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Old 05-15-2011, 11:30 AM
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Personally, I think 16.5 mpg is pretty good....Cant see one of those boats getting 20...maybe down hill with a tail wind.

Tuning it up cant hurt thougth
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Old 05-15-2011, 11:34 AM
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The lean burn system used a small controller , and an oxygen sesnor and was a troublesome setup to say the least. You could upgrade to a chrysler early electronic system. the mid seventies cars is where you will find one. Go to the pick a part and get the dizzy and the module and the wiring and mod it up. That would get you out from under the POINTS thing alltogether, you just have to decide if it is worth it to tckle all the work involved.
It would be a no brainer for me , but I do that junkyard stuff in my sleep.
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Old 05-15-2011, 01:21 PM
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What is a flying spaghetti monster?
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Old 05-15-2011, 01:59 PM
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I totally agree with what latech has said.
STAY AWAY from that "Lean Burn" crappp.

OEM Chryco electronic ignition was usually very reliable.
Be sure to use a ballast resistor, and to make sure it is working.


I hate to say so, but it was a fairly common replacement item.
When it fails ... no spark.
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Old 05-15-2011, 02:35 PM
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Quote:
Originally Posted by latech
The lean burn system used a small controller , and an oxygen sesnor and was a troublesome setup to say the least. You could upgrade to a chrysler early electronic system. the mid seventies cars is where you will find one. Go to the pick a part and get the dizzy and the module and the wiring and mod it up. That would get you out from under the POINTS thing alltogether, you just have to decide if it is worth it to tckle all the work involved.
It would be a no brainer for me , but I do that junkyard stuff in my sleep.
A '65 would not have the lean burn system. That was a '70s thing. However upgrading to the Mopar electronic ignition system and ditching the points distributor is a good idea. They're pretty much bullet proof. If you get the 4 pin orange box electronic system you'll only need a two pin ballast resistor. If you're going to get one out of a wrecking yard just get the ballast resistor that's on that car.
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Old 05-15-2011, 02:39 PM
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Is it a poly or late 318?

One of the best HEI system is a frankenstein of GM and MOPAR.

Use the GM 4 pin module and the Mopar single pickup factory HEI. The result is no mess or wires, and the best performance ever.

looks like this.
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Old 05-17-2011, 07:39 PM
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form everything I've seen, 318 poly's have solid lifters, so it probably does need adjusted. its why its got reusable gaskets and only 2 bolts per cover.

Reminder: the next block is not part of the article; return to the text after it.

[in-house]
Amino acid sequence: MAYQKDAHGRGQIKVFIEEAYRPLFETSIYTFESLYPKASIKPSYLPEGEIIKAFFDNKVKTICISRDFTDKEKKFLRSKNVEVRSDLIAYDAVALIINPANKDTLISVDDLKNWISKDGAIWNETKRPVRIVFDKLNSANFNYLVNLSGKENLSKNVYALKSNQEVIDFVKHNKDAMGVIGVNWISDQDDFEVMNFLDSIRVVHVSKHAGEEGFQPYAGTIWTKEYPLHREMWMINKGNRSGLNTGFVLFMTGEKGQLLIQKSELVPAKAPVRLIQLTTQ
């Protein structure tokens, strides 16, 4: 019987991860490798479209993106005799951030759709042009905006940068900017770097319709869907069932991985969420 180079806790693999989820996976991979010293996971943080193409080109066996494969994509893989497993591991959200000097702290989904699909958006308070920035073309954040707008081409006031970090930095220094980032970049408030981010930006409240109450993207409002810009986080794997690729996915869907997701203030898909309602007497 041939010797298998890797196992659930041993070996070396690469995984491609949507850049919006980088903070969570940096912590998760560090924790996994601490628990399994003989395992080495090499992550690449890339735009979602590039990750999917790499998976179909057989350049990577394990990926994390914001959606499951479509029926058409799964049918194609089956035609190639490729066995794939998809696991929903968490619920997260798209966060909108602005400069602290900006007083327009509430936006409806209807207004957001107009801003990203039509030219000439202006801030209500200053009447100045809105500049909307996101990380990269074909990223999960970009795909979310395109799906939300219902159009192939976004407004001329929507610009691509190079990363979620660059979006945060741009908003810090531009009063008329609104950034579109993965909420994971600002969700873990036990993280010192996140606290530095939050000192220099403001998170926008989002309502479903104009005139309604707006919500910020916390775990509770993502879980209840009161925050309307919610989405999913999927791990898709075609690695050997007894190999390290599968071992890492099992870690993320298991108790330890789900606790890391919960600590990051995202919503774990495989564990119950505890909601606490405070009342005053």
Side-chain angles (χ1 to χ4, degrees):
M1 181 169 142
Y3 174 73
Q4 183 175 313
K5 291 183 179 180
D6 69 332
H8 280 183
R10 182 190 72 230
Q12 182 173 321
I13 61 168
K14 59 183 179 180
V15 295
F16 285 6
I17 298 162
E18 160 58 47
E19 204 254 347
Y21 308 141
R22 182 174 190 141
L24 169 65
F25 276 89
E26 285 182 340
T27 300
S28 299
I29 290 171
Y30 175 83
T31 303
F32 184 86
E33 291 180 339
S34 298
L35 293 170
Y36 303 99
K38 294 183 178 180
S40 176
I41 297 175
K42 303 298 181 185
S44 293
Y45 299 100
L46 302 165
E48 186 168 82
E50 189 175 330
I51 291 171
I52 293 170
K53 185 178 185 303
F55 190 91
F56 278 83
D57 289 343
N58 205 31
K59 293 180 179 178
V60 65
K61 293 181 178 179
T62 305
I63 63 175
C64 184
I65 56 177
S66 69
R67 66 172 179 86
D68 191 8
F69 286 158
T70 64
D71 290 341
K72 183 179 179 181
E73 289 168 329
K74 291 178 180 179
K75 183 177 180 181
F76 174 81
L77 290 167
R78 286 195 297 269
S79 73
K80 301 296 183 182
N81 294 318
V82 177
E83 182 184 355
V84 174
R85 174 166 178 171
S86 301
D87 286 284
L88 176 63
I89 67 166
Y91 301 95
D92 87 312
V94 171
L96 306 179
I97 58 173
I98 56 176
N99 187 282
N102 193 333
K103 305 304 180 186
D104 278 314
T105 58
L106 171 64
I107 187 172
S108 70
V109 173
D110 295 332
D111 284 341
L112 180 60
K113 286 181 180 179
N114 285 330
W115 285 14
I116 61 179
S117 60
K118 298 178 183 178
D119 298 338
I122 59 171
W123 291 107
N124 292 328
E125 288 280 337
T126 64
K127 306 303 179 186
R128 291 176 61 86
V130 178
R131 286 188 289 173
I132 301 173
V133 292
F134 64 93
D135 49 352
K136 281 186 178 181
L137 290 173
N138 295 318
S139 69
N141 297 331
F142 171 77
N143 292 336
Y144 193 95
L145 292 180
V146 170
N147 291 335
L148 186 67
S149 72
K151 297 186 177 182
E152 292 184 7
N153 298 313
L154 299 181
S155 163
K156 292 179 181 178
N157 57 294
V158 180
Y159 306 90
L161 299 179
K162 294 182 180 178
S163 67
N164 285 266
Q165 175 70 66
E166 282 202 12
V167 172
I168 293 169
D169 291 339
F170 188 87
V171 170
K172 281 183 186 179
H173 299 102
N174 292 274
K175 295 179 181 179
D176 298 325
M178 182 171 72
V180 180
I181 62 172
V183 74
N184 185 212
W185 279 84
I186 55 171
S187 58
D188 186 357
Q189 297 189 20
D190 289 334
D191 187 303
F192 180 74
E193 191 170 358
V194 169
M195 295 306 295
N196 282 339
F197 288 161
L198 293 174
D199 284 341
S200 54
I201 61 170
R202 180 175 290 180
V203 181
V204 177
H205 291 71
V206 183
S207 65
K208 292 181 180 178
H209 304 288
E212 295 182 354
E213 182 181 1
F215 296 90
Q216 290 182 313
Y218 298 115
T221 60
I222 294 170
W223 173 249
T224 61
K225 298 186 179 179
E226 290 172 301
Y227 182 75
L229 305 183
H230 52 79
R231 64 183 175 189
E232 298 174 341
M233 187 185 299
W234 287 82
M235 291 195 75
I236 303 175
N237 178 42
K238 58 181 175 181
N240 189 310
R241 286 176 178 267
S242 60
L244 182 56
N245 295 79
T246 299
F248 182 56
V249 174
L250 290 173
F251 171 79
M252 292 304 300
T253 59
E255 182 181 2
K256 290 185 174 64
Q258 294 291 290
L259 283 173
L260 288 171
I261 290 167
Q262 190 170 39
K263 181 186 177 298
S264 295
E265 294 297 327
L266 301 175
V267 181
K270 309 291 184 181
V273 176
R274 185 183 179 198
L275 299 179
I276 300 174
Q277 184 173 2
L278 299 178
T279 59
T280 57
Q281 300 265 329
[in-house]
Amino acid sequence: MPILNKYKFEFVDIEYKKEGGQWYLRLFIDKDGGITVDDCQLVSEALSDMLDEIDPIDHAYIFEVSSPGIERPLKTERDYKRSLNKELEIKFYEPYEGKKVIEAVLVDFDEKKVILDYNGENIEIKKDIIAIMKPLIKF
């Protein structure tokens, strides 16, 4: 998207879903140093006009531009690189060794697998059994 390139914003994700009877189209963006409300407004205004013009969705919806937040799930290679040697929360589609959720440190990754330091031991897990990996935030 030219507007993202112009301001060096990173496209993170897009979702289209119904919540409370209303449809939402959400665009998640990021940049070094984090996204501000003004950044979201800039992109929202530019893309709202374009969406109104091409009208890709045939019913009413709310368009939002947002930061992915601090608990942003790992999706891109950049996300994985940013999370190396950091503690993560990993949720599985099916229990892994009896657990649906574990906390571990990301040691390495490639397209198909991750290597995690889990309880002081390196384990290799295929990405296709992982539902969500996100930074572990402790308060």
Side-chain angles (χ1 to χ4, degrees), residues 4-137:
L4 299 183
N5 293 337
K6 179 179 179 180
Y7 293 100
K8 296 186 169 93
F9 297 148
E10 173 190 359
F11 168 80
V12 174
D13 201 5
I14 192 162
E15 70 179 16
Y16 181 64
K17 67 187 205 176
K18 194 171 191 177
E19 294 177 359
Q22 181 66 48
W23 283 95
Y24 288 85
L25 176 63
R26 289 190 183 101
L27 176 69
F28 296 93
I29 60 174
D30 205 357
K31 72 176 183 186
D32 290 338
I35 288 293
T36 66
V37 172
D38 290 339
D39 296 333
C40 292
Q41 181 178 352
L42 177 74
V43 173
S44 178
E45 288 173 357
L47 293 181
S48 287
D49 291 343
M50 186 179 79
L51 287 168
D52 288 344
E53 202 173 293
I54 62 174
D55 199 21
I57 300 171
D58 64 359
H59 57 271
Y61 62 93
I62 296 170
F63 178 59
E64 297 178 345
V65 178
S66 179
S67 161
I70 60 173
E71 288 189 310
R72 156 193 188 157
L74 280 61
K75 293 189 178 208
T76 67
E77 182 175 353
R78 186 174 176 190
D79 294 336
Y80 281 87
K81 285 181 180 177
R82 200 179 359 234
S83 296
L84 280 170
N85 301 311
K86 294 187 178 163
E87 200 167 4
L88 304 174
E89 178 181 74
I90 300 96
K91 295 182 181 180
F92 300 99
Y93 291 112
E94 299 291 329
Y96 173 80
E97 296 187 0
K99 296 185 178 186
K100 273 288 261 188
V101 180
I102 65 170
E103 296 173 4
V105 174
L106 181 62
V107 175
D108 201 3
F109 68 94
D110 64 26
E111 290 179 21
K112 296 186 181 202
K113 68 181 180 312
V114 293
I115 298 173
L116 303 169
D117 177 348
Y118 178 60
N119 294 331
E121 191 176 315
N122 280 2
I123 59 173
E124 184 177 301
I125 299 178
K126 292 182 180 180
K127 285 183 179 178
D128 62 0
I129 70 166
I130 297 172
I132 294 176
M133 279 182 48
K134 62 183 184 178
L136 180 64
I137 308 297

this is a POLY, not a 318 LA. its got scalloped valve covers, and looks big-block big.

ok, so forget the lean burn. just a "regular" distributor sounds like what I need. I really do want to use this thing every day, and spend my tinkering time on something more...worthy. so i really want to ditch the points. i have little interest in originality. I want reliable, efficient, cheap, and easy in that order.

what is the advantage of the gm-chrysler hybrid distributor vs just a 70's "regular" chrysler distributor? I need to get some sort of module/adapter for it right?
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Old 05-17-2011, 09:02 PM
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Hi
The 66 Plymouth Polly engine came from the factory with Hydraulic lifters.The early version of the Polly came with solids.
Rich
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Old 05-17-2011, 11:52 PM
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well, how do i tell for sure?
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Old 05-18-2011, 12:19 AM
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Hi
Well curtis73' & myself have told you so. & (I'm surprised Centerline didn't mention it also) I know from previous tare down's. But you can open the engine up & check for yourself.
Rich
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Old 05-18-2011, 12:33 AM
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Quote:
Originally Posted by mrunexpected
I'd appreciate any direction, just keep in mind I'm a total n00b here.
All the more reason you should start at the beginning. The first thing you need for any project is the original factory service manual, not some cheezy aftermarket guide. Here is the manual for your car. Now, pony up the 89 bucks for this manual and get busy. No back-talk, just do it.
http://www.faxonautoliterature.com/1...al-P16566.aspx